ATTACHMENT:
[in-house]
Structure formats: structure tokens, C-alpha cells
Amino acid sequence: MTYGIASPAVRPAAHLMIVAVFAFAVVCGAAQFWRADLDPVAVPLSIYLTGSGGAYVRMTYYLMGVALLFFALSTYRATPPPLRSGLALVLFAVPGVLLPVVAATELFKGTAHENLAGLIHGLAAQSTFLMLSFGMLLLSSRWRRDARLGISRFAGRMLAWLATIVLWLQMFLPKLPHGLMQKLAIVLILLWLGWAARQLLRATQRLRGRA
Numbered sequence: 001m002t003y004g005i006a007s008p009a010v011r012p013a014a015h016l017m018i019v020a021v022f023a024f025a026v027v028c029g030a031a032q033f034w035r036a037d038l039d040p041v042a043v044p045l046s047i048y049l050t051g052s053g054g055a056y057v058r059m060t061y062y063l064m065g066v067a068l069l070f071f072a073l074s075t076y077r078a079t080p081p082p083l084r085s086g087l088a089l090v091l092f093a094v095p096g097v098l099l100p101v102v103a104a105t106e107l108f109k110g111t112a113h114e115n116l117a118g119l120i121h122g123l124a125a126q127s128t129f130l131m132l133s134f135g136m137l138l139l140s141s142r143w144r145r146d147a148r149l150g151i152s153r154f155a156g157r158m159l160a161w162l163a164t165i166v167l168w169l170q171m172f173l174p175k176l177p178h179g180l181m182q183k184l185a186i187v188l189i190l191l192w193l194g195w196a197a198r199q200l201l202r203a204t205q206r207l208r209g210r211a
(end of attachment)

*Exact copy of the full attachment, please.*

[in-house]
Structure formats: structure tokens, C-alpha cells
Amino acid sequence: MTYGIASPAVRPAAHLMIVAVFAFAVVCGAAQFWRADLDPVAVPLSIYLTGSGGAYVRMTYYLMGVALLFFALSTYRATPPPLRSGLALVLFAVPGVLLPVVAATELFKGTAHENLAGLIHGLAAQSTFLMLSFGMLLLSSRWRRDARLGISRFAGRMLAWLATIVLWLQMFLPKLPHGLMQKLAIVLILLWLGWAARQLLRATQRLRGRA
Numbered sequence: 001m002t003y004g005i006a007s008p009a010v011r012p013a014a015h016l017m018i019v020a021v022f023a024f025a026v027v028c029g030a031a032q033f034w035r036a037d038l039d040p041v042a043v044p045l046s047i048y049l050t051g052s053g054g055a056y057v058r059m060t061y062y063l064m065g066v067a068l069l070f071f072a073l074s075t076y077r078a079t080p081p082p083l084r085s086g087l088a089l090v091l092f093a094v095p096g097v098l099l100p101v102v103a104a105t106e107l108f109k110g111t112a113h114e115n116l117a118g119l120i121h122g123l124a125a126q127s128t129f130l131m132l133s134f135g136m137l138l139l140s141s142r143w144r145r146d147a148r149l150g151i152s153r154f155a156g157r158m159l160a161w162l163a164t165i166v167l168w169l170q171m172f173l174p175k176l177p178h179g180l181m182q183k184l185a186i187v188l189i190l191l192w193l194g195w196a197a198r199q200l201l202r203a204t205q206r207l208r209g210r211a